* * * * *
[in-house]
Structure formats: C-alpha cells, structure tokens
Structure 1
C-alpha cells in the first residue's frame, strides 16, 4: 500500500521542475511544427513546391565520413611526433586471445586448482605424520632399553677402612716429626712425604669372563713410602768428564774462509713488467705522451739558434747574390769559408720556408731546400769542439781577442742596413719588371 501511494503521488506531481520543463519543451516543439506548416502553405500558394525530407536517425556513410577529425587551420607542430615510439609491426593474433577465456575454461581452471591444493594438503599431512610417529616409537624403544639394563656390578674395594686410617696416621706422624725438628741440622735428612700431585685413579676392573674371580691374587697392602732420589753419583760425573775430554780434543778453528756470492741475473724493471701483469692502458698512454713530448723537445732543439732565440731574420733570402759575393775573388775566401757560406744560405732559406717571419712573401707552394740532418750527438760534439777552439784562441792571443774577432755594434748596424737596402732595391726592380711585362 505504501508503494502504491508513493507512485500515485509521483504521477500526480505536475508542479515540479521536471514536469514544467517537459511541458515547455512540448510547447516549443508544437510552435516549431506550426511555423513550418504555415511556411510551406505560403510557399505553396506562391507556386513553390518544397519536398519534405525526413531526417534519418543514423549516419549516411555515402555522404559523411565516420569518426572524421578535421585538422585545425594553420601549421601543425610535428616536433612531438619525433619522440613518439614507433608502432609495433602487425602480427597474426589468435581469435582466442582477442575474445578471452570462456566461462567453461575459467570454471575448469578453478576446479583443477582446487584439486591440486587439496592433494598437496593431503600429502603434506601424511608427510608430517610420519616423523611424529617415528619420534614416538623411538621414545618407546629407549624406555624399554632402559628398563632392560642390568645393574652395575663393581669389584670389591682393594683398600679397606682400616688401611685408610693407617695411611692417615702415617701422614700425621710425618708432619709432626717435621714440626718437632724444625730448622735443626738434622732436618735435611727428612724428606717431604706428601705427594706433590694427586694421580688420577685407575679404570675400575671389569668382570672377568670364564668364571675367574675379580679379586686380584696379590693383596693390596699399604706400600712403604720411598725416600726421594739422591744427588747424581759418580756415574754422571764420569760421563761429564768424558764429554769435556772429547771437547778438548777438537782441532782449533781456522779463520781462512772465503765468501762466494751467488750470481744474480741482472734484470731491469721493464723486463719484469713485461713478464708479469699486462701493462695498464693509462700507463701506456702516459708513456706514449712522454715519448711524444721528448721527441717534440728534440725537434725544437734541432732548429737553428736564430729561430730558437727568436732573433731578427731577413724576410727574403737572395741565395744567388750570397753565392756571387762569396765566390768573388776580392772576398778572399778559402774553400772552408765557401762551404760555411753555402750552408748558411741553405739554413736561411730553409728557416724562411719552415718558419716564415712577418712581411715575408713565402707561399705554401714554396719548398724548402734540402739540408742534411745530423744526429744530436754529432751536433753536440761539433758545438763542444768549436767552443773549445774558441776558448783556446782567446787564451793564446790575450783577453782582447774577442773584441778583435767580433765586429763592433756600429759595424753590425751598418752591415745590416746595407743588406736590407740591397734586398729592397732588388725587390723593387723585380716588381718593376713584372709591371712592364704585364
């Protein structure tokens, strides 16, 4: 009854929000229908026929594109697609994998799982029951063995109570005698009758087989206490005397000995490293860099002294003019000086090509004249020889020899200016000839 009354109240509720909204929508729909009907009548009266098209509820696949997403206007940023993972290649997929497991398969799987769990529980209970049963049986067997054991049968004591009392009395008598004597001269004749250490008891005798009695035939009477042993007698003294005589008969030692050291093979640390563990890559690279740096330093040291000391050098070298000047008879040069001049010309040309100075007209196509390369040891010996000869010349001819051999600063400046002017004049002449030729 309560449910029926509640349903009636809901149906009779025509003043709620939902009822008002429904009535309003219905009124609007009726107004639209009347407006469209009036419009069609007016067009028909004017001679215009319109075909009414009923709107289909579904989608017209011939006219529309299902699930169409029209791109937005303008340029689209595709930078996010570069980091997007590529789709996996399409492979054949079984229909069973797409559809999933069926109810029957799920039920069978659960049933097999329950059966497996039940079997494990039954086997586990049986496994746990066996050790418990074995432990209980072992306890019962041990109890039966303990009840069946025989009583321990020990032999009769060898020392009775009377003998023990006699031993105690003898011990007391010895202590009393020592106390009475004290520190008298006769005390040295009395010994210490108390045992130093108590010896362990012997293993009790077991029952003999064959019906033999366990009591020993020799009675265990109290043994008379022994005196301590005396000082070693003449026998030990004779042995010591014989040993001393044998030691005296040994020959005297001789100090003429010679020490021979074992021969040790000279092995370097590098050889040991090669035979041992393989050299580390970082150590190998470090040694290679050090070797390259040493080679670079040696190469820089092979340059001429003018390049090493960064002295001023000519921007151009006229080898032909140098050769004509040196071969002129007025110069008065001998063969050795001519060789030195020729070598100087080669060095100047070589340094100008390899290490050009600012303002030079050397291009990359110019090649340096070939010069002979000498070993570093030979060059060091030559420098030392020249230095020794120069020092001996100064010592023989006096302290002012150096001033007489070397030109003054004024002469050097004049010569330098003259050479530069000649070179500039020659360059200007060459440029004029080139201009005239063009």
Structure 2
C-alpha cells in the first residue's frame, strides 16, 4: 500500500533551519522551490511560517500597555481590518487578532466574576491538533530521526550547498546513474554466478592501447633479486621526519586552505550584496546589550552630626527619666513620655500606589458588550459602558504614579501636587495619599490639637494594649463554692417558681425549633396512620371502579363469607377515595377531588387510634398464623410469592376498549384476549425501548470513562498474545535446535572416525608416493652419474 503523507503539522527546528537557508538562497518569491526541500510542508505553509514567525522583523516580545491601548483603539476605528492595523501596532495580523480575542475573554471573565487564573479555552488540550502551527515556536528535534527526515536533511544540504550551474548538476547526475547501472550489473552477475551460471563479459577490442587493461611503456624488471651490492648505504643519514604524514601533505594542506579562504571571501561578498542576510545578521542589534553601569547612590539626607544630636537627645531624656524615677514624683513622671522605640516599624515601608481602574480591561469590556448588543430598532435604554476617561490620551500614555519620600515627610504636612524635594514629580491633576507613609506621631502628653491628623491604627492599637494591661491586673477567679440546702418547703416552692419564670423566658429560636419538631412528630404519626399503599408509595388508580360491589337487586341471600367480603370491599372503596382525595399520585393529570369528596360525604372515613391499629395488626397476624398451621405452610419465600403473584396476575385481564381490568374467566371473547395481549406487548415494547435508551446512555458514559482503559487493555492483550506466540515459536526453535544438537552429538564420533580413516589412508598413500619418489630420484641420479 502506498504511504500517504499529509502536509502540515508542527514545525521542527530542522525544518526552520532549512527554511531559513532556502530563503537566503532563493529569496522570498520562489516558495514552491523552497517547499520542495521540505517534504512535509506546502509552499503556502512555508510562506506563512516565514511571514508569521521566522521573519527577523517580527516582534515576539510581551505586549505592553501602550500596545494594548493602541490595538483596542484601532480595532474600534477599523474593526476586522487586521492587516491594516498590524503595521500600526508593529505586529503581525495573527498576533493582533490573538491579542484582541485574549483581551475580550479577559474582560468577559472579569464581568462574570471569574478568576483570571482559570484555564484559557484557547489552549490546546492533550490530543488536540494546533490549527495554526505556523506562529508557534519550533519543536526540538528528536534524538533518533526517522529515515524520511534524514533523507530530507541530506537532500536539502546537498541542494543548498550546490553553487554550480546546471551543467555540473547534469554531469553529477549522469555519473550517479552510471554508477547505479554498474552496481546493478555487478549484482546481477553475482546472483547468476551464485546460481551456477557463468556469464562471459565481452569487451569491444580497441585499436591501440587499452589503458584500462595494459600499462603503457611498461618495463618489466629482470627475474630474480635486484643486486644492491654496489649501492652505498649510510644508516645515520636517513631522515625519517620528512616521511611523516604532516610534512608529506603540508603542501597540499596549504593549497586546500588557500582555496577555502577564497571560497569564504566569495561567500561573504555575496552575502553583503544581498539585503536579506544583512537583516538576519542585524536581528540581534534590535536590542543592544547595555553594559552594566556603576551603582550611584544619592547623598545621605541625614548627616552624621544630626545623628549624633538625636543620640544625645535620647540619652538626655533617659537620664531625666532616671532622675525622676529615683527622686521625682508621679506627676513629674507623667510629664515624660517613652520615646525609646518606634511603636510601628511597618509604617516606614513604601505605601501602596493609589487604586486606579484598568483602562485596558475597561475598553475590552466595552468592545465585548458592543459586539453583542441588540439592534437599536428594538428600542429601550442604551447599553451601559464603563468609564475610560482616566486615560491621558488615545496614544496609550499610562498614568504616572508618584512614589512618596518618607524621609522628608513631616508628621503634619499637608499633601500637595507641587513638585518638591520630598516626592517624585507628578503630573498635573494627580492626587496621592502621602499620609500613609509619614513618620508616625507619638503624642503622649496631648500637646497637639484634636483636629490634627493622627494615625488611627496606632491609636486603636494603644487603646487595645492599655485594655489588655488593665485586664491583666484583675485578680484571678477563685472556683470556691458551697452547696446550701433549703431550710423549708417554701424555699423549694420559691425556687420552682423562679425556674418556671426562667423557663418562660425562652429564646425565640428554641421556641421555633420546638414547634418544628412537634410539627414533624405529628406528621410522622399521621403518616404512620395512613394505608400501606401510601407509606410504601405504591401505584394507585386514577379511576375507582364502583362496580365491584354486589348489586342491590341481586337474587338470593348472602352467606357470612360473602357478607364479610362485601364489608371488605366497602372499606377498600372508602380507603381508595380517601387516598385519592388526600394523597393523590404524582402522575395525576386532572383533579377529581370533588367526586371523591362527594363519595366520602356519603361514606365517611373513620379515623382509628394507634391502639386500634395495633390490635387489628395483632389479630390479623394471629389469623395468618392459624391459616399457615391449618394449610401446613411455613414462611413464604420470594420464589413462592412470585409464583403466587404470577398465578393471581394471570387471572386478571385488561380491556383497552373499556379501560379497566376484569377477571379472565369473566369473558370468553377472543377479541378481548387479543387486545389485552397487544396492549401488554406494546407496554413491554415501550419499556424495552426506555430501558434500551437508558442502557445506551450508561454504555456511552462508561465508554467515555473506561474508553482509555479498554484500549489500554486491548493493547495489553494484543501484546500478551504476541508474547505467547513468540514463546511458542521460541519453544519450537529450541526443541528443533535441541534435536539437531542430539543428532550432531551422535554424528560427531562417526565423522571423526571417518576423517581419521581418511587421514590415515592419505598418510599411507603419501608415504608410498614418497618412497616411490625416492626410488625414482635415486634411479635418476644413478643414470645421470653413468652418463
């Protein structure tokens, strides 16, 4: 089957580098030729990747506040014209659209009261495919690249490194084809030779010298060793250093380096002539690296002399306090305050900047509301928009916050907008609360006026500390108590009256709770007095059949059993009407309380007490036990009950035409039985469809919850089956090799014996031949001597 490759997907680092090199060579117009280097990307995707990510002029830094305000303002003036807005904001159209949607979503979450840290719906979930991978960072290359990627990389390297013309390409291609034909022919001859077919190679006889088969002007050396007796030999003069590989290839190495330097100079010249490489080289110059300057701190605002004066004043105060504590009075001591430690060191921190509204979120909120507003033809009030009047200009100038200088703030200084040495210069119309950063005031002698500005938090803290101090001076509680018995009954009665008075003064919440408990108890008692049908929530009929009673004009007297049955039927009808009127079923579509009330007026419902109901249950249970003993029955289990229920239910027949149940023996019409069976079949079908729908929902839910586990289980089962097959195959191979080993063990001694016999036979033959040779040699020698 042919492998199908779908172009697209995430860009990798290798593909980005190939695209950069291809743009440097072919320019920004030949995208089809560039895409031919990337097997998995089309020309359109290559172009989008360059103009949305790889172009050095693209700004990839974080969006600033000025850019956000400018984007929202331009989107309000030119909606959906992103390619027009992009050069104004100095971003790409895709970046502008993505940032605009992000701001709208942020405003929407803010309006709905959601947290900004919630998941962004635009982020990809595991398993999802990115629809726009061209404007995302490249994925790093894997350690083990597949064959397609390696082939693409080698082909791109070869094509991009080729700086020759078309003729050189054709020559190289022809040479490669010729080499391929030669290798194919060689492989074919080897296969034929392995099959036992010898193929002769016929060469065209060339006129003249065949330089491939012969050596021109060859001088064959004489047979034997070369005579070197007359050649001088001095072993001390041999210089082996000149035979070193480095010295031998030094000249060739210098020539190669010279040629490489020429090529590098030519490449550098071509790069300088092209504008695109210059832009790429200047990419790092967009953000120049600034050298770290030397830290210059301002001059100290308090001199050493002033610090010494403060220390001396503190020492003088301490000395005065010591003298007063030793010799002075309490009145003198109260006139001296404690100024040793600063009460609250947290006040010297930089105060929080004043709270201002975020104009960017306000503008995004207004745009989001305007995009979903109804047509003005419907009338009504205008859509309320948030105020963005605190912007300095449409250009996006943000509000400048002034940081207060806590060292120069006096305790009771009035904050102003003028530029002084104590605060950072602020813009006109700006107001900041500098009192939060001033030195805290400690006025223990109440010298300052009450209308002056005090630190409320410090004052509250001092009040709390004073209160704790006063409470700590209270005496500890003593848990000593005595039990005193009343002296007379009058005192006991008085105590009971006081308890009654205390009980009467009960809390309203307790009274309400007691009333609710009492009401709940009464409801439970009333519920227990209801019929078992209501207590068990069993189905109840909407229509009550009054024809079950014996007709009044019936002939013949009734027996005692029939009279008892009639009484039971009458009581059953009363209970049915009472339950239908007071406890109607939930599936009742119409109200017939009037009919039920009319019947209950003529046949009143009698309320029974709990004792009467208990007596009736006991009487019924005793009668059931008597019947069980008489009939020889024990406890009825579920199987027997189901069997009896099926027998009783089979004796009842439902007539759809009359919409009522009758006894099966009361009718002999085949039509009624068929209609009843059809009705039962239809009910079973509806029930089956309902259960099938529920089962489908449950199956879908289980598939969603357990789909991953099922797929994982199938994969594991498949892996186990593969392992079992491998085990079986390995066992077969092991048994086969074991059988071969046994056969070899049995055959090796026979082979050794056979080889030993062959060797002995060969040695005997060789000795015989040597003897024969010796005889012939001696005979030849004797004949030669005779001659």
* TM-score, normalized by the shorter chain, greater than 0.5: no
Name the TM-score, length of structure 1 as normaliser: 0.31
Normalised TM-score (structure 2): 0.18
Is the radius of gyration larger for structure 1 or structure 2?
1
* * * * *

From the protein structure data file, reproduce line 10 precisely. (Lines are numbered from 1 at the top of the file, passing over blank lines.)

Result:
Name the TM-score, length of structure 1 as normaliser: 0.31